Some Silicon Valley tycoons say they want to build a new city in California. Credit: California Forever

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The mysterious city dreamed up by Silicon Valley billionaires

Will California Forever be the new home of Silicon Valley's elite? A group of tech billionaires are reportedly planning to build a city from scratch in Northern California. We analyse the details of this ambitious project.

ISABEL RUBIO ARROYO | Tungsteno

 

Over the past few years, some Silicon Valley elites have quietly bought up more than 200 square kilometres of arid farmland in Solano County, just over an hour from San Francisco in Northern California. Now they have unveiled their plan: to create a sustainable city from scratch, powered by renewable energy and designed to promote public transport and water efficiency. "[The project] is sort of shrouded in mystery, there's a lot of speculation out there," said Solano County District 5 Supervisor Mitch Mashburn a few months ago.

 

A project shrouded in mystery

 

The mystery has generated interest, concern and speculation, as the promoters of the project, called California Forever, themselves acknowledgeIt is led by former Goldman Sachs trader Jan Sramek, and its investors include several Silicon Valley figures: Michael Moritz, a venture capitalist; Reid Hoffman, co-founder of LinkedIn; Laurene Powell Jobs, founder of the philanthropic group Emerson Collective and wife of Steve Jobs; Patrick and John Collison, the brothers who co-founded the payment processor Stripe; and tech entrepreneurs Daniel Gross and Nat Friedman.

Its creators say they surveyed 1,400 residents of Solano County, located in Northern California between Sacramento, the Delta, San Francisco and Napa Valley. "Only 21% feel the county is currently on the right track and 81% of parents believe their children will not be able to afford to live in their current neighbourhood when they grow up," they say. "Instead of watching our kids leave, we have the opportunity to build a new community that attracts new employers, creates good paying local jobs, builds homes in walkable neighbourhoods, leads in environmental stewardship, and fuels a growing tax base to serve the county at large," tout the project’s promoters.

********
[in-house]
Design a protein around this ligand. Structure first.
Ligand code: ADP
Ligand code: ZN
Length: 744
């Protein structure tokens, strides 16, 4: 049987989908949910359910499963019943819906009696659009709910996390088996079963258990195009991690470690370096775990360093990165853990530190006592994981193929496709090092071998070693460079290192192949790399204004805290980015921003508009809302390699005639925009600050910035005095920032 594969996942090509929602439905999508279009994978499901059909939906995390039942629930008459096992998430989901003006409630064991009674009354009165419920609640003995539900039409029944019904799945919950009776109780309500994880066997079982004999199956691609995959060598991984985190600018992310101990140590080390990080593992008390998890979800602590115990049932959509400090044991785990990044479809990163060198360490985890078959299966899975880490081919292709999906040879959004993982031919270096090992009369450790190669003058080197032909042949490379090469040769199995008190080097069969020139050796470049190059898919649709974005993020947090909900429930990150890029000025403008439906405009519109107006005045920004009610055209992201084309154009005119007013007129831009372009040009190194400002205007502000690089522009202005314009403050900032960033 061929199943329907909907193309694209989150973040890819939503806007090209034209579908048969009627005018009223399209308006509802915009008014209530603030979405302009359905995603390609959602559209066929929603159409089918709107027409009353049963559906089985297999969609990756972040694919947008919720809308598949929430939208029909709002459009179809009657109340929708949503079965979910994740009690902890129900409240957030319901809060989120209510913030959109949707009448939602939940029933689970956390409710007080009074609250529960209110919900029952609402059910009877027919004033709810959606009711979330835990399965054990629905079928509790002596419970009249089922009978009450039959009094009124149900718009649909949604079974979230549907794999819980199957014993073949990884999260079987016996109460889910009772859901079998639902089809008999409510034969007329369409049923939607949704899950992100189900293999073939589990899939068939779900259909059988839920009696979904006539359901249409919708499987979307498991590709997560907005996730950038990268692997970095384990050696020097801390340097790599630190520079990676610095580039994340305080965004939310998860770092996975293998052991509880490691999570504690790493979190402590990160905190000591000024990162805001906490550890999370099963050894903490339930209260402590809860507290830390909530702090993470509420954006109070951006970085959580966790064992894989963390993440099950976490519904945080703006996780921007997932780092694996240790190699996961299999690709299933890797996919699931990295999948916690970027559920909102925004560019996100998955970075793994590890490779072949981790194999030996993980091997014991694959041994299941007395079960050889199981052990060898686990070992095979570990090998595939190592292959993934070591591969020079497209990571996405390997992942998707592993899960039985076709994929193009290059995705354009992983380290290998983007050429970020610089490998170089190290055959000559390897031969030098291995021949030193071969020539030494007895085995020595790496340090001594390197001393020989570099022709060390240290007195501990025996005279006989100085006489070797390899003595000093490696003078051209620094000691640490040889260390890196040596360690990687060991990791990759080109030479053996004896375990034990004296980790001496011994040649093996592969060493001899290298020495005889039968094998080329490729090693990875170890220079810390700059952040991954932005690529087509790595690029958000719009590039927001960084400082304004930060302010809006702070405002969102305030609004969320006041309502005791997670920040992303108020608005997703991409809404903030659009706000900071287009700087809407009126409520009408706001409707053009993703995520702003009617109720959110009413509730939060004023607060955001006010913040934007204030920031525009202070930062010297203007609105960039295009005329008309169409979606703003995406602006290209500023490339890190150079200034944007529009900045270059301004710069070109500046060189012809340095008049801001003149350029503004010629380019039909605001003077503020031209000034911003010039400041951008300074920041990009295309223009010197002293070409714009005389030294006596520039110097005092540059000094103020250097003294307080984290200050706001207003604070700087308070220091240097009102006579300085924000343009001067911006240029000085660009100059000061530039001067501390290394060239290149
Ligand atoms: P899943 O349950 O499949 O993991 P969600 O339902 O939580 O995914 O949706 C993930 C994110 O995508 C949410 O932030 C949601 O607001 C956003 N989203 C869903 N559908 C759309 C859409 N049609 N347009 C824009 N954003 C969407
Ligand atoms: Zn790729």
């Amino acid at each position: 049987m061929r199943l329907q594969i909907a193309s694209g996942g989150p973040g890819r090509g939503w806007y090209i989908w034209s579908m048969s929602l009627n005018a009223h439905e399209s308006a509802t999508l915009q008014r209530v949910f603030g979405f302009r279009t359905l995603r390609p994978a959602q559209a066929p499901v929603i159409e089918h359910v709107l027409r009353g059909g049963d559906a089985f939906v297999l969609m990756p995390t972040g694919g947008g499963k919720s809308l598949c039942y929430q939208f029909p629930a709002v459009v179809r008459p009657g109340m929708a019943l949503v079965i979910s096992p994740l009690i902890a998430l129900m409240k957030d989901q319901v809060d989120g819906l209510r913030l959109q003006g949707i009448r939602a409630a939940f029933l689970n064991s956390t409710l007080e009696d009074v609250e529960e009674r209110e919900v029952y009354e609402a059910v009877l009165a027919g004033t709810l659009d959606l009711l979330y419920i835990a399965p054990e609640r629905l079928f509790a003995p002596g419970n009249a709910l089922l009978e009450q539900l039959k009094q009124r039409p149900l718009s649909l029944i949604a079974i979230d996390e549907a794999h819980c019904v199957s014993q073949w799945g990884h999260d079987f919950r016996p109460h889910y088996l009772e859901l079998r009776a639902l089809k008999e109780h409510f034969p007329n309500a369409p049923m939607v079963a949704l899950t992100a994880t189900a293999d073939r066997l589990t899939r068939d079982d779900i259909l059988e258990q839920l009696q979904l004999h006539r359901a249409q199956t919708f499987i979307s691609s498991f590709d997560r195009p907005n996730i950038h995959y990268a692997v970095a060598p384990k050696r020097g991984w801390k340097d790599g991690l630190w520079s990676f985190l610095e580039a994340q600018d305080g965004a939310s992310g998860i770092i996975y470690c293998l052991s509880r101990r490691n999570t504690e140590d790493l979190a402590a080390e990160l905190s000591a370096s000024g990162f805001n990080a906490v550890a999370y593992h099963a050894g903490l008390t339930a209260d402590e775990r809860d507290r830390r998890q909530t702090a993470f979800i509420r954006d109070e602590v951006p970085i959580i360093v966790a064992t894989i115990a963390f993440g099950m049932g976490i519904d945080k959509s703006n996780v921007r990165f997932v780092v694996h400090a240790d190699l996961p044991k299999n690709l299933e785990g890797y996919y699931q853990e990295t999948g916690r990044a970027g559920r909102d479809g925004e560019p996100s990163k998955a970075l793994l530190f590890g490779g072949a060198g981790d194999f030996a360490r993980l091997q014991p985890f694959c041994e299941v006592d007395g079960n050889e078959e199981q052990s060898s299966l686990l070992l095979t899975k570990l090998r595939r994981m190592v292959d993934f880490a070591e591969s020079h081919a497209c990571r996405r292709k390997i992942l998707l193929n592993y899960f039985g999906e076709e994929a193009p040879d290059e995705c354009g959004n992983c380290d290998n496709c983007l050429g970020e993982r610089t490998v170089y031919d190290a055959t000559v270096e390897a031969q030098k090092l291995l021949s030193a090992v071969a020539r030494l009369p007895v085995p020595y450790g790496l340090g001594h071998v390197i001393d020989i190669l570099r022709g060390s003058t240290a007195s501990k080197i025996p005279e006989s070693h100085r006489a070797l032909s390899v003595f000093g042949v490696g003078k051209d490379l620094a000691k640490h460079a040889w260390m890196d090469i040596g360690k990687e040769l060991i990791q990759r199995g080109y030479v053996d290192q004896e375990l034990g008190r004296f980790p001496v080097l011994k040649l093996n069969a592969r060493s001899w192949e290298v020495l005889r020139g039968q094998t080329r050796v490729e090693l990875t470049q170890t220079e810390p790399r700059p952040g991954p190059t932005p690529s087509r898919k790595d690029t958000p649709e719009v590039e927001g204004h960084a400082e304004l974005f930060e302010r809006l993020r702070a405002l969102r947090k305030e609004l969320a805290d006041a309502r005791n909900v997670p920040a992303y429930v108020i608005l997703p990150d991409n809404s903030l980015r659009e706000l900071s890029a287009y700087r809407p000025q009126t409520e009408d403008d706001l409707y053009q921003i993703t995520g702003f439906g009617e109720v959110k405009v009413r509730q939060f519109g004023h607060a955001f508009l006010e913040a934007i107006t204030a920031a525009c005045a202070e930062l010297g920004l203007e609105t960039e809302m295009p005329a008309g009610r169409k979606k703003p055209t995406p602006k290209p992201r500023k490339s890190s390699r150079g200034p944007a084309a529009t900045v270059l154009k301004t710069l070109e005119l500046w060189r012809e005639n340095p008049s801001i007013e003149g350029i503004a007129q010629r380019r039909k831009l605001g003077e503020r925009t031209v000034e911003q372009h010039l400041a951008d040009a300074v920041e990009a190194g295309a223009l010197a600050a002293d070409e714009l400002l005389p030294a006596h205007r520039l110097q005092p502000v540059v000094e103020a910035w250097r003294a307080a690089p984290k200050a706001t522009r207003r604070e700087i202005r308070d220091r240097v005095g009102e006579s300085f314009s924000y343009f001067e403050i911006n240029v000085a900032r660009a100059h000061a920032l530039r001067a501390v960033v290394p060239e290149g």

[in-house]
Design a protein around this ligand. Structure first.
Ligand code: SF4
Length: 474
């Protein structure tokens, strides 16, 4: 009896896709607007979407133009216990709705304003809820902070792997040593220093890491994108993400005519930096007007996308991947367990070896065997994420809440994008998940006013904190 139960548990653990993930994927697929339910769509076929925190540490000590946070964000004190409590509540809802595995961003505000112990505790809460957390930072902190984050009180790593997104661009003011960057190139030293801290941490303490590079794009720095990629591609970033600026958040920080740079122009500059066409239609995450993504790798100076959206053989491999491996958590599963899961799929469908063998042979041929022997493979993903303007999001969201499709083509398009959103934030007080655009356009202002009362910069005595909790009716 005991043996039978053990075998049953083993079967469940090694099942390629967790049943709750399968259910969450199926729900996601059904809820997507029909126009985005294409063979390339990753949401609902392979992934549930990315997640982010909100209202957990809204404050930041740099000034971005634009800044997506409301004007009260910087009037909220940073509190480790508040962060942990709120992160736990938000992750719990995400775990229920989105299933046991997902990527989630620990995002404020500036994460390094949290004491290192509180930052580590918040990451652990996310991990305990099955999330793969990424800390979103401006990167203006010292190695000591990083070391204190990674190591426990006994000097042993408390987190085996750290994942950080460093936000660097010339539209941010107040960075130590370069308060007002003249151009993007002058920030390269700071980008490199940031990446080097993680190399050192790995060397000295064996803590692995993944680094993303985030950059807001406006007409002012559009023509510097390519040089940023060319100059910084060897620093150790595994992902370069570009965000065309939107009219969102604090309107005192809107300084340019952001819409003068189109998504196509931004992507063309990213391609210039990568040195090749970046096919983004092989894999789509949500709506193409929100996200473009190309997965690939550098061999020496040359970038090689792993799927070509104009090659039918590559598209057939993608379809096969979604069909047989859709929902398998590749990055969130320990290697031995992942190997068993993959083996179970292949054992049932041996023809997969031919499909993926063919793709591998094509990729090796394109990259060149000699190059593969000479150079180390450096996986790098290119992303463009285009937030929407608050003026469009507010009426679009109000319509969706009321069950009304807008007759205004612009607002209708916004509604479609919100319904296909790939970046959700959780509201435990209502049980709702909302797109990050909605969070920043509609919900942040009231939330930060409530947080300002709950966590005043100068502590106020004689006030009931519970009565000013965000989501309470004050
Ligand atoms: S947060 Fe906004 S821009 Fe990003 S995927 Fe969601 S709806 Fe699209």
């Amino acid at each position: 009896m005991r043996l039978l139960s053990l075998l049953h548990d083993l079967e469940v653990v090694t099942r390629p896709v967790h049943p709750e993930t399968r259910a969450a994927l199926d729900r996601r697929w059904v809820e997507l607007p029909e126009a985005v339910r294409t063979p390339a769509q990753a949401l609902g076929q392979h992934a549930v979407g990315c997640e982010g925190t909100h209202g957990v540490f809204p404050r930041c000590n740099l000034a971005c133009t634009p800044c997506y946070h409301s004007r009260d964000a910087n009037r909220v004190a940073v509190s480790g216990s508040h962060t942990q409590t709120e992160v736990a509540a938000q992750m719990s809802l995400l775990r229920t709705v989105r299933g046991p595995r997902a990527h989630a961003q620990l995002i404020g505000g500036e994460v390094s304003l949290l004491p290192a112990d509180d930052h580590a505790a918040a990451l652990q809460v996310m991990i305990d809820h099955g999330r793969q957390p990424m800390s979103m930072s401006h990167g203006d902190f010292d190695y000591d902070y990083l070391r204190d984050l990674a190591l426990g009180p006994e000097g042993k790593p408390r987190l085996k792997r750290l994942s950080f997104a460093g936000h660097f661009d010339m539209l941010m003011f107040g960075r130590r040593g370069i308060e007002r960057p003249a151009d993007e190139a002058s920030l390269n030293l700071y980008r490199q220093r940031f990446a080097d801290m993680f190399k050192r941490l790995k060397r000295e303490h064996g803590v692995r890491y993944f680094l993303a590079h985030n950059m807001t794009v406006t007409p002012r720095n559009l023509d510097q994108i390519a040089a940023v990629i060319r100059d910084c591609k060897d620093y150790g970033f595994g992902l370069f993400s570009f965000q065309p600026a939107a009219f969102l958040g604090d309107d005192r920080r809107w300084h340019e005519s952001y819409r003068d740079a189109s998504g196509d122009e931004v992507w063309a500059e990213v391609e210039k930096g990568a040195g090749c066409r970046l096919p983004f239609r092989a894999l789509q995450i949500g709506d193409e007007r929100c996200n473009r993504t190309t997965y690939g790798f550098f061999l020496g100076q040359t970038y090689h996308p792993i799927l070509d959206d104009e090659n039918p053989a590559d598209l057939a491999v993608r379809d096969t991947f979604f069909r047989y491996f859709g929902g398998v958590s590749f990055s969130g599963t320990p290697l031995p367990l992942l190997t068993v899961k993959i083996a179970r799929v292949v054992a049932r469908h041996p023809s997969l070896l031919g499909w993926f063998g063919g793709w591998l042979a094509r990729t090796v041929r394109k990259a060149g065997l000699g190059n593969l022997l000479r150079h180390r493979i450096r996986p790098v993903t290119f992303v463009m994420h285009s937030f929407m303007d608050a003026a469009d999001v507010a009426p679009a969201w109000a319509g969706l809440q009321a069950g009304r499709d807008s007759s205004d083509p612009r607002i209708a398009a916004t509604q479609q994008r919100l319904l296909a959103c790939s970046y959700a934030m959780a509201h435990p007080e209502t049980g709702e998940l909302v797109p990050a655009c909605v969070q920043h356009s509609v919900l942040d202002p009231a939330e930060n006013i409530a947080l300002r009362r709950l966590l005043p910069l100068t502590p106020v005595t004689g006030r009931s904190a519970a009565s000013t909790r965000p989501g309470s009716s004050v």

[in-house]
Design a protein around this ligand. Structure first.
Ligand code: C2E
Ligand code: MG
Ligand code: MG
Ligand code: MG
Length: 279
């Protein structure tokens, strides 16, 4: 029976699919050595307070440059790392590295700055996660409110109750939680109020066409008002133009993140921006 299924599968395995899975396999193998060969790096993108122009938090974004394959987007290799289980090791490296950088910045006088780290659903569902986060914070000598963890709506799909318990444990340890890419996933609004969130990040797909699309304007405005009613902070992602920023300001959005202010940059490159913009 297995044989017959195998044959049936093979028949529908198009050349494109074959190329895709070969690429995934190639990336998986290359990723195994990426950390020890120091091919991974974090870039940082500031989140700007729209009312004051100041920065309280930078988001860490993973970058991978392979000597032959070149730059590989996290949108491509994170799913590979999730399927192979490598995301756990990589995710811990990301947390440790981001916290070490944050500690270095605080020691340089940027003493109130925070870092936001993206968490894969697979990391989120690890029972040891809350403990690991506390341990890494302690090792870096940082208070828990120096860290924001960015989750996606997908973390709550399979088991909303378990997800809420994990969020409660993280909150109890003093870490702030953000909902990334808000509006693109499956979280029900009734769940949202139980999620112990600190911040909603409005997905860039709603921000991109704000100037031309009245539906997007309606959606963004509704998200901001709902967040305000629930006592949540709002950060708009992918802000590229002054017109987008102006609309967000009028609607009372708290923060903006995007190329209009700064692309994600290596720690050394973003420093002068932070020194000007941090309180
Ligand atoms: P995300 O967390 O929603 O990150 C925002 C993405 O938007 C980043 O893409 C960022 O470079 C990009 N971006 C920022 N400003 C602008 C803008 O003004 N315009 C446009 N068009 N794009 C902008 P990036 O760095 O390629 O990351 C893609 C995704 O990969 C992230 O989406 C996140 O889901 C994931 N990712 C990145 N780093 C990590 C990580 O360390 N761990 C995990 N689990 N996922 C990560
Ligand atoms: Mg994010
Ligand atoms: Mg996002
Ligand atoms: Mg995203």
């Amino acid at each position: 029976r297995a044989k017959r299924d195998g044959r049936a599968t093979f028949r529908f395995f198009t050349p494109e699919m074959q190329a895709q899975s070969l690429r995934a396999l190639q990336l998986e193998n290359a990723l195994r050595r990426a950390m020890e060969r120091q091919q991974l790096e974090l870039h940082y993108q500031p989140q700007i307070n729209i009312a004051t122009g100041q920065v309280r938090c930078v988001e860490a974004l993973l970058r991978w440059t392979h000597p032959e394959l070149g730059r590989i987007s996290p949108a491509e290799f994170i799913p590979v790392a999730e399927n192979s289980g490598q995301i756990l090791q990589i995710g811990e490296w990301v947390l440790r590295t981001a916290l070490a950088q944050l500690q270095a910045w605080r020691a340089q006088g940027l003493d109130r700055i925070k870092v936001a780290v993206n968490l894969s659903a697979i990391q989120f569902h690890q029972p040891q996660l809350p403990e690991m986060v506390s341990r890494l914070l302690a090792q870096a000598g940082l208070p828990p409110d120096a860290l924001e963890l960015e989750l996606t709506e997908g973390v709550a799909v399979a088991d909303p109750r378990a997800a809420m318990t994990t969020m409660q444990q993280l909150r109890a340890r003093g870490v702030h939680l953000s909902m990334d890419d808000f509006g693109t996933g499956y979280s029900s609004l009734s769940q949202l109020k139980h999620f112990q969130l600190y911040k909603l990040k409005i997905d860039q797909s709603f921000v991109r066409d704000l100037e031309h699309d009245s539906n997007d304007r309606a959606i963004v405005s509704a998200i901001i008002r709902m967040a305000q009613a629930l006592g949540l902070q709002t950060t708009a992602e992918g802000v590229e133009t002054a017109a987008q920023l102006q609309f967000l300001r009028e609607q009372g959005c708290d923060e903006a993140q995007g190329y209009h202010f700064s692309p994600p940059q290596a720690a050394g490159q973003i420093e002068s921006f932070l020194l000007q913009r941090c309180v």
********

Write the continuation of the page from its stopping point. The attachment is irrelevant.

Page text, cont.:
The project’s backers have released some drawings of the proposed new city. Credit: KRON 4

 

Lots of promises, little data

 

At the moment, all that is publicly on the table is a series of promises: the main one is to build a sustainable city with solar farms and a focus on agriculture and habitat conservation, which Solano's current residents (and potential future neighbours of the proposed city) will have to weigh in on. The website of California Forever vaguely explains the goals of the project and includes AI-generated drawings of a green and sunny city by the bay. "A vague website attempts to justify the construction of a new city near San Francisco with pretty pictures and promises of a better life," says tech website The Verge.

The project has received plenty of criticism from sceptics. "While we don't know how California Forever has been pitched to investors, it is a fair assumption it is also shaped by the profit motive: buying cheaper agricultural land, rezoning for housing and development, drawing in state funding for infrastructure, and seeing the land rise in value," Iain White, professor of environmental planning at the University of Waikato in New Zealand, told The Conversation. There are also those who suspect that the group's real purpose is to "create a city for the elite" under the guise of more housing.

 


 

The purported aim of the project is to build a sustainable city with solar farms. Credit: California Forever

 

A tendency to seek escape?

 

That may not be the only problem. "While the images appear sustainable, long-distance commuting may be a problem given the nature of the labour market in California, as might expectations of genuine community involvement in the project," says White. The expert points out that utopian schemes have long been criticised for their tendency towards authoritarianism, "a charge not unfamiliar to the tech sector in recent times."

Moreover, says White, there is a recurring utopian tendency in the tech sector to seek "escape" (be it to lunar colonies or new cities) rather than devote resources to tackling current urban problems. "Shouldn’t we seek to improve existing cities rather than abandon and start anew, possibly to create a gentrified enclave?" he muses.

California Forever maintains that this is not just another technological utopia. "Our vision for walkable neighbourhoods, clean energy, sustainable infrastructure, good jobs and a healthy environment is not about reinventing the wheel, but rather going back to the basics that were once the norm across America, and learning from best practices to create the neighbourhoods of tomorrow." We'll have to wait and see if it gets built to answer White's question: "Is California Forever a utopian dream or just smart business?"

 


Tungsteno is a journalism laboratory to scan the essence of innovation.

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